Sunday, 16 June 2013

Holiday Reads 2013: The Verdicts

Well, I'm back from my 'olidays, and as you've probably noticed, I've brought some rain with me... Sorry about that. In my last review, I had a shot at reviewing my intended holiday reads before reading them. Well, it seems I overestimated my ability to read that quickly, because out of the fourteen I had downloaded specifically for the occasion, I only managed seven. But come on, I still think that's a fair number - one a day isn't too shabby, right?! It's probably for the best anyway; I'm not sure even I could hack reviewing fourteen books in one go, and I'm willing to bet you'd get bored of reading them all, right? So I suppose it all works out for the best in the end!

The Boy Who Sneaks In My Bedroom Window by Kirsty Moseley
What I said: This isn't my usual type of book, seeming a bit too angsty and weepy for me, but the low price and the plot (a girl's brother's best friend secretly protects her every night from the monster that comes into her room) was enough to pull me in.
Predicted score: 4/10

The Verdict: It was rubbish. Just... rubbish. I went against my instincts on this one, and don't I know it. I won't even go further into the plot because it was just terrible (despite being a promising idea). The characters were unbelievable, there was awful dialogue and the writing - my God, the writing! I lost track of the amount of times characters ranted and chirped. Seriously, what's wrong with someone just saying something? And also, quick question - is it possible for some one to 'grin happily and smile excitedly' at the same time? Because that happened in this book several times. One of the worst books I think I've ever read - avoid at all costs!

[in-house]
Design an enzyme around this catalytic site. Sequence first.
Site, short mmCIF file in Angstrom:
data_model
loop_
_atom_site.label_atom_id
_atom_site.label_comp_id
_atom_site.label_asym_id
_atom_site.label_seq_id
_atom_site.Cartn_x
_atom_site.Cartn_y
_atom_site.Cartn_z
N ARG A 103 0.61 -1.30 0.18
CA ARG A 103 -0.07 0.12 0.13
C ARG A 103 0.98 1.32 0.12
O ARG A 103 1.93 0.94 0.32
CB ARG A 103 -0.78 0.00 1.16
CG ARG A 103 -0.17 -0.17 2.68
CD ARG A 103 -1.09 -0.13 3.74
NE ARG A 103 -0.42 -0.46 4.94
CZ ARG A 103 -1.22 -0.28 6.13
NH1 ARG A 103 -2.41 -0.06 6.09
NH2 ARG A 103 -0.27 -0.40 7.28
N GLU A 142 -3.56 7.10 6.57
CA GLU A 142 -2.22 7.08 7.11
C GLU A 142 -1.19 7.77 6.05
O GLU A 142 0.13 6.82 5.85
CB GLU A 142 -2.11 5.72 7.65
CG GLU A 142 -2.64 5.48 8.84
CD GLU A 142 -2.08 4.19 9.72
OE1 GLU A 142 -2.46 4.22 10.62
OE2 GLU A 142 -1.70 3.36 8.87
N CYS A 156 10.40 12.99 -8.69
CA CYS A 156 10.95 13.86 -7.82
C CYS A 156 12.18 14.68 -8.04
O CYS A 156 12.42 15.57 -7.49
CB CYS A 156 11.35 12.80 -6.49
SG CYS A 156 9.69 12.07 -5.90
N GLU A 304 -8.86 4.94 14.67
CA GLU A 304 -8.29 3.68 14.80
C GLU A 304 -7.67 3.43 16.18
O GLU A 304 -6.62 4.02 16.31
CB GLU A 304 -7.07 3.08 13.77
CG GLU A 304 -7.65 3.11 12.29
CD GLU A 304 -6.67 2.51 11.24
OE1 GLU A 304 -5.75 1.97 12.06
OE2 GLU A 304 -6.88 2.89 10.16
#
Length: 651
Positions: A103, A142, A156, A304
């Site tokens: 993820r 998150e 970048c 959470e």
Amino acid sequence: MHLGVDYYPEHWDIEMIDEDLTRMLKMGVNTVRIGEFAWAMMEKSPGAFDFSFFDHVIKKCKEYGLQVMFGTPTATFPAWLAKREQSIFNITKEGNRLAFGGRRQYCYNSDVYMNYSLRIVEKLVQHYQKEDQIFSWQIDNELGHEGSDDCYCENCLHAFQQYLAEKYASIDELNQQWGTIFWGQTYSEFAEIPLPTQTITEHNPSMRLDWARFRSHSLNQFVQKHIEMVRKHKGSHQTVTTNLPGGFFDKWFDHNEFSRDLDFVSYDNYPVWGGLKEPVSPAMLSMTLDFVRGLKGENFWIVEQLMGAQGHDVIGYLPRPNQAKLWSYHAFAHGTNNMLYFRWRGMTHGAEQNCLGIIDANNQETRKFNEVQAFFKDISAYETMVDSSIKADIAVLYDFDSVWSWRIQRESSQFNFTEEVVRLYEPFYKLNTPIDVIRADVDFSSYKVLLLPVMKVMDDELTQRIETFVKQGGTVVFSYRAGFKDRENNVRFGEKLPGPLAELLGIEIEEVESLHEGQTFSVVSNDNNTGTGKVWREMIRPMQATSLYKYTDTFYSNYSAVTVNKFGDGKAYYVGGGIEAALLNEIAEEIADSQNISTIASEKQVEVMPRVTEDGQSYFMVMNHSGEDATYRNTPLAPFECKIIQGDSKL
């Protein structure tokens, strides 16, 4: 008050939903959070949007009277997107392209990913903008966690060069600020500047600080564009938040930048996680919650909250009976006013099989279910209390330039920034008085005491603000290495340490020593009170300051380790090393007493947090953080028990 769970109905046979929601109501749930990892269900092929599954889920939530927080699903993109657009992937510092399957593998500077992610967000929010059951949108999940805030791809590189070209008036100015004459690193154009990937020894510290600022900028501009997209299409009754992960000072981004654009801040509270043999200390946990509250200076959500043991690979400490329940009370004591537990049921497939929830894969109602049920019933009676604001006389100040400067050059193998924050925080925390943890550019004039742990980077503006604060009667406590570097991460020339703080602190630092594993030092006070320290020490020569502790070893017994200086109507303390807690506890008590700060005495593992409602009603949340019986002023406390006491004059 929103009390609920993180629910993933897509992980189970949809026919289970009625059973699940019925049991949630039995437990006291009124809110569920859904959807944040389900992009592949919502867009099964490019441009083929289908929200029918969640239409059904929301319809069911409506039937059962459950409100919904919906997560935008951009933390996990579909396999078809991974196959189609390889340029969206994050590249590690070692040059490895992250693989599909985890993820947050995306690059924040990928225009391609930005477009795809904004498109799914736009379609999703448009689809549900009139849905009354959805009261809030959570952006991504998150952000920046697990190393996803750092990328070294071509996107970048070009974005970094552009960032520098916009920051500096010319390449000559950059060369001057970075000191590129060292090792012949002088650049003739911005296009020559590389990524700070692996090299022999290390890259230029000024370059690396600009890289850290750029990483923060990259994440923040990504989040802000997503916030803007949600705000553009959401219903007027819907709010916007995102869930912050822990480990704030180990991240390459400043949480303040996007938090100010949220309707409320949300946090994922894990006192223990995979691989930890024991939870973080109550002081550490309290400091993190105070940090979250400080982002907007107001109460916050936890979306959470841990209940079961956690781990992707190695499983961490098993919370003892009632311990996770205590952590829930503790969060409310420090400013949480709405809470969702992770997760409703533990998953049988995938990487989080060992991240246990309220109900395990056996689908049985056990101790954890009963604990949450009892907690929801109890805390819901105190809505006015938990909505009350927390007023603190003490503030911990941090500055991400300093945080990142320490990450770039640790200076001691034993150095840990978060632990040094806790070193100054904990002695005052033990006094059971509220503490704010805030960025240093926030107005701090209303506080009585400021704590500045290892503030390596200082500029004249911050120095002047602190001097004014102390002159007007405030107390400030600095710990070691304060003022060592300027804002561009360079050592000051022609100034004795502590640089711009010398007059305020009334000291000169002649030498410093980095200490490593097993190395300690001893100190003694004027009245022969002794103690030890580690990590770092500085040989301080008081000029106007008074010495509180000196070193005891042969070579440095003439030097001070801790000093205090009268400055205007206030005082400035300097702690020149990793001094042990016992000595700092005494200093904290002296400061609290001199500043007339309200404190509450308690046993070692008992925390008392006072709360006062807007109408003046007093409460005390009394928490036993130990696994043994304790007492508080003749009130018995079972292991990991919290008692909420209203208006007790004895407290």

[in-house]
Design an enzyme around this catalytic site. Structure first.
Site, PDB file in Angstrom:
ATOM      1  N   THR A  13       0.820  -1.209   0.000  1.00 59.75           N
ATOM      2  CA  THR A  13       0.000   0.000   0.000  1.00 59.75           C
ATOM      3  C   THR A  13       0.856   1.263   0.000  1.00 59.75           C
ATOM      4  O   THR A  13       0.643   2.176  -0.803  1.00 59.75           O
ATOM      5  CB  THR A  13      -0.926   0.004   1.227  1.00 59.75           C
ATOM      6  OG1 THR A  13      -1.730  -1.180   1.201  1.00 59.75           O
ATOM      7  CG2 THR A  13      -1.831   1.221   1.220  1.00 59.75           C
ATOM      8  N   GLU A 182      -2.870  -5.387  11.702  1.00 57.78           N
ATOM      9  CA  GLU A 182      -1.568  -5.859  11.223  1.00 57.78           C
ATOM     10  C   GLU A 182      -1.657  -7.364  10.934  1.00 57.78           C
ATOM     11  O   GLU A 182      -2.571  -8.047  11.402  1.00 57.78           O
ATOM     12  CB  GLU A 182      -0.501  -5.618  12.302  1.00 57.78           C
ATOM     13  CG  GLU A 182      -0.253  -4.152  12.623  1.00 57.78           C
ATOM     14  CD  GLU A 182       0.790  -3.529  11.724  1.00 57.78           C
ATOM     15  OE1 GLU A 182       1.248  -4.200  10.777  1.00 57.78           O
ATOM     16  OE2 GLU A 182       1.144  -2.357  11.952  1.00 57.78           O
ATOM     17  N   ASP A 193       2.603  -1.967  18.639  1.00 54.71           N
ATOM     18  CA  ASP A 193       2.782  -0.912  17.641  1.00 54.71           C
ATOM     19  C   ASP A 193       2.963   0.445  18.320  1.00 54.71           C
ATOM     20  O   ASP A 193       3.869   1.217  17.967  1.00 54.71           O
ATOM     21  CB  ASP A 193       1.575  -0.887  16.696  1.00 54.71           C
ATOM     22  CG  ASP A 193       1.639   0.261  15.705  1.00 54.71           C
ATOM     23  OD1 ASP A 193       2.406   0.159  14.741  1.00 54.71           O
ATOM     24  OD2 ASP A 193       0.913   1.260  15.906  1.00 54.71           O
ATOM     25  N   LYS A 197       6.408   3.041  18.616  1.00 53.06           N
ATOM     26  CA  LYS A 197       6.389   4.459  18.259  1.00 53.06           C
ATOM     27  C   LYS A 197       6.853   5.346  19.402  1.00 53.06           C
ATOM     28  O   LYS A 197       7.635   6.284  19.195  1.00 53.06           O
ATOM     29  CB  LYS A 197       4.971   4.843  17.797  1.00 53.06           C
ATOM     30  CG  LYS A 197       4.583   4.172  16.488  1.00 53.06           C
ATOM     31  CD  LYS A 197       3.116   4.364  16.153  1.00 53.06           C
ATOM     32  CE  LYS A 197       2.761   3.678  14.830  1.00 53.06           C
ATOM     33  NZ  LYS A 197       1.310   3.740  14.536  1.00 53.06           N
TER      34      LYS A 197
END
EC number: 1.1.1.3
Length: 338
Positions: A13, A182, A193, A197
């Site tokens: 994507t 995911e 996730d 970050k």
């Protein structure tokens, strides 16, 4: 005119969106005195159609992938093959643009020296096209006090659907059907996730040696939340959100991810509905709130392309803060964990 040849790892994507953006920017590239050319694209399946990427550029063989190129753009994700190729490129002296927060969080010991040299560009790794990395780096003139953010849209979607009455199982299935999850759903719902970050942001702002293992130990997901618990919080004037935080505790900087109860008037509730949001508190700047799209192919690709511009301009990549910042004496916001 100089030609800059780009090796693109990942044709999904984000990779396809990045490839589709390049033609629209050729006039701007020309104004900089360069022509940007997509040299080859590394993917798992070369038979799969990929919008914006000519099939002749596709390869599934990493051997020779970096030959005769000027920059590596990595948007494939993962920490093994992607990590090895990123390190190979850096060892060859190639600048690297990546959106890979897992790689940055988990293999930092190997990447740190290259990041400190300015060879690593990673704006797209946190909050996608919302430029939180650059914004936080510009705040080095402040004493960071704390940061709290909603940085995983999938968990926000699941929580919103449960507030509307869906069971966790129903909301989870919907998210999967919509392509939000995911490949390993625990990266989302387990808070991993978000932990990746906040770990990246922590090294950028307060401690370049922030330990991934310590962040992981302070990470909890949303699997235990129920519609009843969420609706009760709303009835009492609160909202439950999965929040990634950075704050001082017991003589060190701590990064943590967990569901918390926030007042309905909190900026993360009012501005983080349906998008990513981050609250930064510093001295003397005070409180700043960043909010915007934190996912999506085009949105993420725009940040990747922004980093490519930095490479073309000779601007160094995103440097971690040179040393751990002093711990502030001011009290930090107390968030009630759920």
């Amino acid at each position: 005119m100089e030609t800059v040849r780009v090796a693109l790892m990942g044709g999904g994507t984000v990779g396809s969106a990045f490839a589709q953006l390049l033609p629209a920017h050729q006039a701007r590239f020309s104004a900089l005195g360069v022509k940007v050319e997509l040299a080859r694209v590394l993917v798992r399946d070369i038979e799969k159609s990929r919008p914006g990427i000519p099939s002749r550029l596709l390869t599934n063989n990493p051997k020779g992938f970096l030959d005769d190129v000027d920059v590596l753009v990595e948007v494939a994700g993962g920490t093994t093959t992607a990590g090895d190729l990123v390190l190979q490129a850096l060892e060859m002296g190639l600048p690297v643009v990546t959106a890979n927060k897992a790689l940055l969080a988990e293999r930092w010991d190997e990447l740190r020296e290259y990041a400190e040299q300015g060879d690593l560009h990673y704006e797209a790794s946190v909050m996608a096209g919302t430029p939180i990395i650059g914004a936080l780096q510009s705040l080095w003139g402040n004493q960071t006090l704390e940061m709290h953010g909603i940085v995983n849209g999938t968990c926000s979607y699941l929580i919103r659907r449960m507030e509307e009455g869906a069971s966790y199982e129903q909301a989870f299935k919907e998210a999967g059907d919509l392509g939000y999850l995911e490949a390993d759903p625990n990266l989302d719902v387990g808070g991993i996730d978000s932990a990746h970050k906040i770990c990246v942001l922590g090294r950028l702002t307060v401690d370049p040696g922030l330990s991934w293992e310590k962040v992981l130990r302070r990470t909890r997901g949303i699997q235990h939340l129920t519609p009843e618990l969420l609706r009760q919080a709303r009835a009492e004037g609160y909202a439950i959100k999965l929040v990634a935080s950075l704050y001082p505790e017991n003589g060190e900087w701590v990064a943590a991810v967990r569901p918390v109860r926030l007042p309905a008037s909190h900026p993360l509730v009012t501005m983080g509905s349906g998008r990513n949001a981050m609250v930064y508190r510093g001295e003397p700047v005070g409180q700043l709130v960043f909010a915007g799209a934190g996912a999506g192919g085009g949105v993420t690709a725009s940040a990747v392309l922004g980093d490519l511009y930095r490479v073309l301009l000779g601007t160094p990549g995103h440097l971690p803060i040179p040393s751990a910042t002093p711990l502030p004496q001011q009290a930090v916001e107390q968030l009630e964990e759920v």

Actual score: 0/10.

Honeymoon for One by Beth Orsoff
What I said: This is my guilty-pleasure read; it's not big, or clever, it's just an easy-to-read, easy-to-put-down romantic comedy - simple holiday tosh.
Predicted score: 6/10
The Verdict: Well, it was the aforementioned easy-to-read romantic comedy, but was actually quite hard to put down. This turned out to be a chick-lit with a twist; a woman who is jilted the day before her wedding decides to go on her expensive honeymoon alone, despite dreading being in a couples-only resort alone for 2 weeks. Faced with that humiliation, she misguidedly agrees to pretend she is married to a stranger she meets in the airport. However, when the agreement turns sour, she and her fake husband agree to go their separate ways - and the next day, he turns up dead on the beach, and she's the number one suspect in his murder. It's still got the same old lurve story in the bones of it, but the murder-mystery twist and the exotic location of Belizeadds a bit more meat to it, making it that bit more interesting.
Actual score: 7/10

Inferno by Dan Brown
What I said: Dan Brown is the king of crap holiday literature, plus I'm hoping this will finally inspire me to actually finish Dante's Divine Comedy, the poem around which Dan Brown's - sorry, Robert Langdon's - latest escapade is centred.
Predicted score: 5/10